CDC is refusing to publish data it has collected on booster effectiveness for 33 MILLION Americans aged 18-49 over fears it might show the vaccines as ineffective: FDA expert tells CDC to ‘tell the truth’. What this means is “the data shows they are lying”.
- Two weeks ago the Centers for Disease Control and Prevention (CDC) published data about the effectiveness of boosters against COVID-19
- The CDC failed to publish a tranche of their data, however – omitting the impact on those aged 18-49, who are least likely to benefit from boosters
- The CDC are also being criticized for failing to publish their information about child hospitalization rates and comorbidities
- A spokeswoman for the CDC said they were concerned that the data would be misinterpreted, pointing out that it was incomplete and not verified
- Critics said that it was always better to publish the information rather than withhold, and allow scientists to analyze and explain what they could.
The Centers for Disease Control and Prevention (CDC) has withheld vast swaths of the information it holds about the impact of COVID-19, leading to anger from the scientific community and speculation the agency is not releasing the data because it weakens the case for booster shots in certain demographics.
Two weeks ago, the CDC published the first significant data on the effectiveness of boosters in adults younger than 65. But the agency, led by Dr Rochelle Walensky, did not share the information on those aged 18-49, who are considered to be the least likely to benefit from a booster.
It has also failed to provide information they held on child hospitalizations, scientists complained. Kristen Nordlund, a spokeswoman for the CDC, said the agency has been slow to release the different streams of data ‘because basically, at the end of the day, it’s not yet ready for prime time.’
She said the agency’s ‘priority when gathering any data is to ensure that it’s accurate and actionable,’ and told The New York Times that they were concerned it might be misinterpreted to show the vaccines were ineffective.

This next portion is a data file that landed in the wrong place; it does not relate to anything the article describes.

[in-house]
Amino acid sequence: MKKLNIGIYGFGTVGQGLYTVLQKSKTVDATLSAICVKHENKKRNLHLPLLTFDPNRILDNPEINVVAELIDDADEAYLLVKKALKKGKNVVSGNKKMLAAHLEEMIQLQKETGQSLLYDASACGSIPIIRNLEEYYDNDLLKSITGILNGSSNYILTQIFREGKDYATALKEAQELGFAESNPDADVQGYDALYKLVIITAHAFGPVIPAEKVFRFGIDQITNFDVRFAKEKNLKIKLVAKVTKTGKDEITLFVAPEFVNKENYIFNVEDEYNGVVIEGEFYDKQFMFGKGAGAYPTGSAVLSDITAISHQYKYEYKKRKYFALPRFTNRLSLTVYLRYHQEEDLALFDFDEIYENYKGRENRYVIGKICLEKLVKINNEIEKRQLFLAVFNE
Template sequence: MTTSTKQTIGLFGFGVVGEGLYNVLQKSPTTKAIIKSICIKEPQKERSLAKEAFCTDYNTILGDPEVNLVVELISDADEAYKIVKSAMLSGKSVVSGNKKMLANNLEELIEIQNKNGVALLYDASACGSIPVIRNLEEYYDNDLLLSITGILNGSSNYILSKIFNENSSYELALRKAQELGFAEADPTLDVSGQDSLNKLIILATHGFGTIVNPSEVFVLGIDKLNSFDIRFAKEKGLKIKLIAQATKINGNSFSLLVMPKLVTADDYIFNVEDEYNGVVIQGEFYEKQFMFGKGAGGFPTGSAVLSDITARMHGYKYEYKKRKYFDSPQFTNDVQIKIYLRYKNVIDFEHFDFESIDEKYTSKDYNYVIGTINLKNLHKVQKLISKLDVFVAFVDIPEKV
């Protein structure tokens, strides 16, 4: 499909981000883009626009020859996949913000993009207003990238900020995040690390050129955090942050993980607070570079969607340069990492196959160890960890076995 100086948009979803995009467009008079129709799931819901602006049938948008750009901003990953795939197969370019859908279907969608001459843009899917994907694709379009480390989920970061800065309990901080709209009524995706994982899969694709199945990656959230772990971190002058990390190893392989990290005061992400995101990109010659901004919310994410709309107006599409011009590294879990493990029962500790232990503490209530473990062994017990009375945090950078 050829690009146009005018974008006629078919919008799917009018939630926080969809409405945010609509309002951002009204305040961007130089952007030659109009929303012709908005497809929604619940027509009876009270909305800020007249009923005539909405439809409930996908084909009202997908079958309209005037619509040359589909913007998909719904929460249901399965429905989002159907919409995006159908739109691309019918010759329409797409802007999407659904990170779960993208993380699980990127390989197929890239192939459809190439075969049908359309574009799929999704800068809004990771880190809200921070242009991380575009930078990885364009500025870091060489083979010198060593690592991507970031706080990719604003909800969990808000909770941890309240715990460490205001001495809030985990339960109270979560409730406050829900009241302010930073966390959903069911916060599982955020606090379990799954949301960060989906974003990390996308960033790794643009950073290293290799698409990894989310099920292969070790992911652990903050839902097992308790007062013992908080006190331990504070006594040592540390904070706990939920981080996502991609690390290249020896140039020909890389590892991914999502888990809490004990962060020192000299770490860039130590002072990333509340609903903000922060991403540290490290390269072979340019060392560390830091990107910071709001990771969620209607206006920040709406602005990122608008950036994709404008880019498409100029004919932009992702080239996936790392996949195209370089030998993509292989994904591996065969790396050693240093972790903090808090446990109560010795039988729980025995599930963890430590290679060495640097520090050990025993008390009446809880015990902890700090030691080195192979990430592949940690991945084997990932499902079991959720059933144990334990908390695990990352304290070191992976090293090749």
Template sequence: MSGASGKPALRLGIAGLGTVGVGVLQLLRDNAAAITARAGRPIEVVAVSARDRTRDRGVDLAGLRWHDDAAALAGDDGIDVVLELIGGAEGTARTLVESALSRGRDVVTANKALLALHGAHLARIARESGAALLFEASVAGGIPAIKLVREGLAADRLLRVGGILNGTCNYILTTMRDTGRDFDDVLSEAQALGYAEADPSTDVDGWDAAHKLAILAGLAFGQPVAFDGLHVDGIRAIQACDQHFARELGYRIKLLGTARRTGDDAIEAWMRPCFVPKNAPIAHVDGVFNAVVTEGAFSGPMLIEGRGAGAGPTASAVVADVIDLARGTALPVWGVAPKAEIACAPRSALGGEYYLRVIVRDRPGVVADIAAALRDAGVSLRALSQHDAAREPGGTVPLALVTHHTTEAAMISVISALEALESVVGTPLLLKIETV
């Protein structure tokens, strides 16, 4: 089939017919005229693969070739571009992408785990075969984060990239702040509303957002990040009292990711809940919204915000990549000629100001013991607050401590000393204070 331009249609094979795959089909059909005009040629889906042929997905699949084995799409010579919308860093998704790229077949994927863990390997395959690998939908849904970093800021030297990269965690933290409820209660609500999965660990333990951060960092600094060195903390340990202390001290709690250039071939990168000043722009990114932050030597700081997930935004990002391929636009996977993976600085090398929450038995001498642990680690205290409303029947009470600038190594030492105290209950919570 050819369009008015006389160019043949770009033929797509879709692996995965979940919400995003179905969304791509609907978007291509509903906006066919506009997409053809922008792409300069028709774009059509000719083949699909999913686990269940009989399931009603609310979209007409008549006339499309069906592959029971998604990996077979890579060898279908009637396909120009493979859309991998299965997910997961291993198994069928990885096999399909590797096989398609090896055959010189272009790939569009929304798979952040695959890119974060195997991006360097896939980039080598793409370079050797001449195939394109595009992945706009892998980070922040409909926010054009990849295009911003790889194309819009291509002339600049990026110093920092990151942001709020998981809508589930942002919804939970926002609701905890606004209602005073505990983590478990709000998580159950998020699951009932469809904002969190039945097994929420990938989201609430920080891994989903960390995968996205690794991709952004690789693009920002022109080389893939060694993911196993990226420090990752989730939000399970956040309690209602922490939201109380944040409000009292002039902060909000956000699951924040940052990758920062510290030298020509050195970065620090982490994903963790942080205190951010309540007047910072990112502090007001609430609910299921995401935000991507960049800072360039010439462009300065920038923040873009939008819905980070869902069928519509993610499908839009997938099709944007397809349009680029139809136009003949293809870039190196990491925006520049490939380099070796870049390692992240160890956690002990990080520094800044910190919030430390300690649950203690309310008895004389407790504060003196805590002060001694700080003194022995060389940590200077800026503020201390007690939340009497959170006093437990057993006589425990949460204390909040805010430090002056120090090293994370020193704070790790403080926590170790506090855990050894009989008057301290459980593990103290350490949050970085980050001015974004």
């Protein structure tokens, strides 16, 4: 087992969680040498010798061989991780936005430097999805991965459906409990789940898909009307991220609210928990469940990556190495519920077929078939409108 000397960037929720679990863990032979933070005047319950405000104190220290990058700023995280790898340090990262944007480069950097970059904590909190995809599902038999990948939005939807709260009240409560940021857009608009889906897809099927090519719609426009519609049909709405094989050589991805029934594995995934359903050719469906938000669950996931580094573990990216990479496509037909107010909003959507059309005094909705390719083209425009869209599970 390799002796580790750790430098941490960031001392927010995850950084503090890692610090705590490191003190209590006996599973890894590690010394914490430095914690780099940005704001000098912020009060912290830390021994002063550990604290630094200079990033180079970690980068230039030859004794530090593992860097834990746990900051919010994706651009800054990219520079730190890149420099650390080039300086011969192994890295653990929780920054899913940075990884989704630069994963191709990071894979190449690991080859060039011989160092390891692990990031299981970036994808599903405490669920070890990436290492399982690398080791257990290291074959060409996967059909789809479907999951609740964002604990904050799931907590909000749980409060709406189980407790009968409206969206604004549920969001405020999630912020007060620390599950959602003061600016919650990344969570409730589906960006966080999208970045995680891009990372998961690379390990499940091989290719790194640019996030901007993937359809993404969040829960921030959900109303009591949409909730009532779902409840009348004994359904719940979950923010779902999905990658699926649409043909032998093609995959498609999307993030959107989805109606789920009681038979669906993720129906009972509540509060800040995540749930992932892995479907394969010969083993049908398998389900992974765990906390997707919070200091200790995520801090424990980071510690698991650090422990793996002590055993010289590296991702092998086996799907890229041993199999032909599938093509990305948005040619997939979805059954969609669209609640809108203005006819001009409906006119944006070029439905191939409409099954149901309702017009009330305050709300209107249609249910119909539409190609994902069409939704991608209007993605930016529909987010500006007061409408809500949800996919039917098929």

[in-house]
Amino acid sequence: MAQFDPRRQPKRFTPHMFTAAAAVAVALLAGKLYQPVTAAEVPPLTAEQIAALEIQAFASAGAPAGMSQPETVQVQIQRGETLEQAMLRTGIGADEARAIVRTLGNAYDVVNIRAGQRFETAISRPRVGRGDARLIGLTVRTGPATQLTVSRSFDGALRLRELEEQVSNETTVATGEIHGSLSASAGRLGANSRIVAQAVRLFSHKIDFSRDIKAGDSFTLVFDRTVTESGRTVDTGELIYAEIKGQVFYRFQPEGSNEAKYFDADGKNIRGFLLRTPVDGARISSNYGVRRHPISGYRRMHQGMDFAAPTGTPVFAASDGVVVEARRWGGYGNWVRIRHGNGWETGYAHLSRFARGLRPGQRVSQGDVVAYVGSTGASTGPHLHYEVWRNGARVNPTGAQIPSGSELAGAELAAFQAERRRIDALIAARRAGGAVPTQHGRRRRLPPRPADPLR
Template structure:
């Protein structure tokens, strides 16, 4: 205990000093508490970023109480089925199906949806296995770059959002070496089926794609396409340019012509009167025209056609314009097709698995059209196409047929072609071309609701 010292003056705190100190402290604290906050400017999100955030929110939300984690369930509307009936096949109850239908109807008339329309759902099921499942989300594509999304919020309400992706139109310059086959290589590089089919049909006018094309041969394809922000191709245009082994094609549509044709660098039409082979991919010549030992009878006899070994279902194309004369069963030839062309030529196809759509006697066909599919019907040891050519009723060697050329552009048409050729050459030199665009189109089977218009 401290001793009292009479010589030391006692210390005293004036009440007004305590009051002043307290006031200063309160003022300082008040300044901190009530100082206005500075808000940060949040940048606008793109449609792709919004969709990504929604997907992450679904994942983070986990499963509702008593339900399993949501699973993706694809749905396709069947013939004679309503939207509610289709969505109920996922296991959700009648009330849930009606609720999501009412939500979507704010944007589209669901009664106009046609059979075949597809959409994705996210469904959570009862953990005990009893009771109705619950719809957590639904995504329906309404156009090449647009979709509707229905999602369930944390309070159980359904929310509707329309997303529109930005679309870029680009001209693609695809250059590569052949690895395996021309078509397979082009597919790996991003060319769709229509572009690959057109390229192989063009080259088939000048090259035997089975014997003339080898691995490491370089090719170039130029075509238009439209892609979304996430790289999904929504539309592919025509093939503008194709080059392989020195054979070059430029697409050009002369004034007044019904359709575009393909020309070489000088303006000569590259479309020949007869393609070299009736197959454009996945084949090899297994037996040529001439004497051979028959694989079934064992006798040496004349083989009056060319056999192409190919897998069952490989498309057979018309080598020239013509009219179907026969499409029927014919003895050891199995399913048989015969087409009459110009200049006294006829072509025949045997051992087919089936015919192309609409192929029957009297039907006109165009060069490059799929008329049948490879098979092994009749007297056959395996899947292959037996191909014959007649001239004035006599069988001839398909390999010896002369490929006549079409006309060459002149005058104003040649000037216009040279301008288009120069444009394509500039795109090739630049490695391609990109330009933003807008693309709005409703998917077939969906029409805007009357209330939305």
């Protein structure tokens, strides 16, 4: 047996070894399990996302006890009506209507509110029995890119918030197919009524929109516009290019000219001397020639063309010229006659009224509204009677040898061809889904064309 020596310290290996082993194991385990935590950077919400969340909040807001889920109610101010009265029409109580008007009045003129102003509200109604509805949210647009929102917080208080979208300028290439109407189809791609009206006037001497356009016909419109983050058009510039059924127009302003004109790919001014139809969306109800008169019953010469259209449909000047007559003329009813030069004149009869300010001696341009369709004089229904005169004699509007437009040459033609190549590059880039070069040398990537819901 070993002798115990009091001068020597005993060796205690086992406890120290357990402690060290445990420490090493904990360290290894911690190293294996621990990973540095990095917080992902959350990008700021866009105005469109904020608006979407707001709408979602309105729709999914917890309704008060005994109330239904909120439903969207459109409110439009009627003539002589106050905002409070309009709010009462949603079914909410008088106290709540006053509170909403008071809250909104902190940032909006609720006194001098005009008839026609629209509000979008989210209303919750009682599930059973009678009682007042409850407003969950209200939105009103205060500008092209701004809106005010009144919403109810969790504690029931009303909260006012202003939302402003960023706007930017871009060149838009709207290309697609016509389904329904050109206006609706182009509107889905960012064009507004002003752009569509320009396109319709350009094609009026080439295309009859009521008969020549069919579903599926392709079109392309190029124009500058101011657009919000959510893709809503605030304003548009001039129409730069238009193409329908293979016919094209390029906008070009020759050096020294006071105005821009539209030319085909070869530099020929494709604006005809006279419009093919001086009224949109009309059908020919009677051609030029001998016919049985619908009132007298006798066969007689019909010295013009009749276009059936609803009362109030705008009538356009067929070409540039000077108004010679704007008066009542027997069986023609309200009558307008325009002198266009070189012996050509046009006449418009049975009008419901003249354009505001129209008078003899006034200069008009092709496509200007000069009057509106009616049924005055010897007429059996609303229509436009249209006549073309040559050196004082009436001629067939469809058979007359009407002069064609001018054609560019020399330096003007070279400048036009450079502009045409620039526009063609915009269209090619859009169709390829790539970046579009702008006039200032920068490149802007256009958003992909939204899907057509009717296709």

She also said that they were reluctant to publish the data because it represents only 10 percent of the population of the United States – accounting for 33 million people – the same sample size the CDC has used to track influenza for years.
Rochelle Walensky, director of the CDC. The agency has been criticized for withholding some of its data.
The 18-49 year old age group is considered least likely to benefit from the booster, given that death rates among the age group are already low. It is far more likely for the elderly and immunocompromised to get sick without their booster than healthy young and middle aged people.
Boosters became available for children aged 12 and upwards only last month, and so would not be covered by the dataset. As of Monday, 65 percent of Americans are fully vaccinated. There were 103,150 new cases reported nationwide, on a seven day rolling average – a dramatic decrease from January, when there were regularly over 700,000 new cases a day.
Outraged scientists stressed that publishing the data went hand in hand with educating the public about vaccines – explaining that as more people are vaccinated, the percentage of vaccinated people who are infected or hospitalized would also rise.
They urged the CDC to publish the information.
Dr Paul Offit urged the CDC to ‘tell the truth, present the data’
‘Tell the truth, present the data,’ said Dr Paul Offit, a vaccine expert and adviser to the Food and Drug Administration.
‘I have to believe that there is a way to explain these things so people can understand it.’
He noted that, because the CDC had not published the information, American scientists were forced to rely on Israeli data.
‘There’s no reason that they should be better at collecting and putting forth data than we were,’ he said.
‘The CDC is the principal epidemiological agency in this country, and so you would like to think the data came from them.’
Another expressed shock that the CDC had the data at all.
‘We have been begging for that sort of granularity of data for two years,’ said Jessica Malaty Rivera, an epidemiologist and part of the team that ran the Covid Tracking Project, which brought together data on the pandemic for a website they ran until March 2021.
She denied that there was a risk of the data being misinterpreted, adding that it instead ‘builds public trust, and it paints a much clearer picture of what’s actually going on.’
She added: ‘It gets really exhausting when you see the private sector working faster than the premier public health agency of the world.’
Pitt student Michael Burke, 21, gets a COVID-19 booster shot on January 21 in Oakland, Pennsylvania. The CDC withheld data about the effectiveness of the boosters for people aged 18-49 – the least likely to benefit.
Dr Yvonne Maldonado, chair of the American Academy of Pediatrics’s Committee on Infectious Diseases, said that she had requested from the CDC data on the proportion of children hospitalized for COVID who have other medical conditions.
She eventually found the information she needed thanks to a New York Times report.
‘They’ve known this for over a year and a half, right, and they haven’t told us,’ she said.
‘I mean, you can’t find out anything from them.’
Part of the problem is that the CDC computer systems are outdated.
The agency recently received $1 billion which will help it modernize its technology and process the data faster.
Among the first to benefit will be a program that analyzes wastewater, telling scientists when there has been an outbreak of COVID even before tests confirm the news. Wastewater provided the presence of the Delta variant far before testing of individuals. At present, 31 states have their data on the dashboard: the CDC hope to have the rest up later on this year.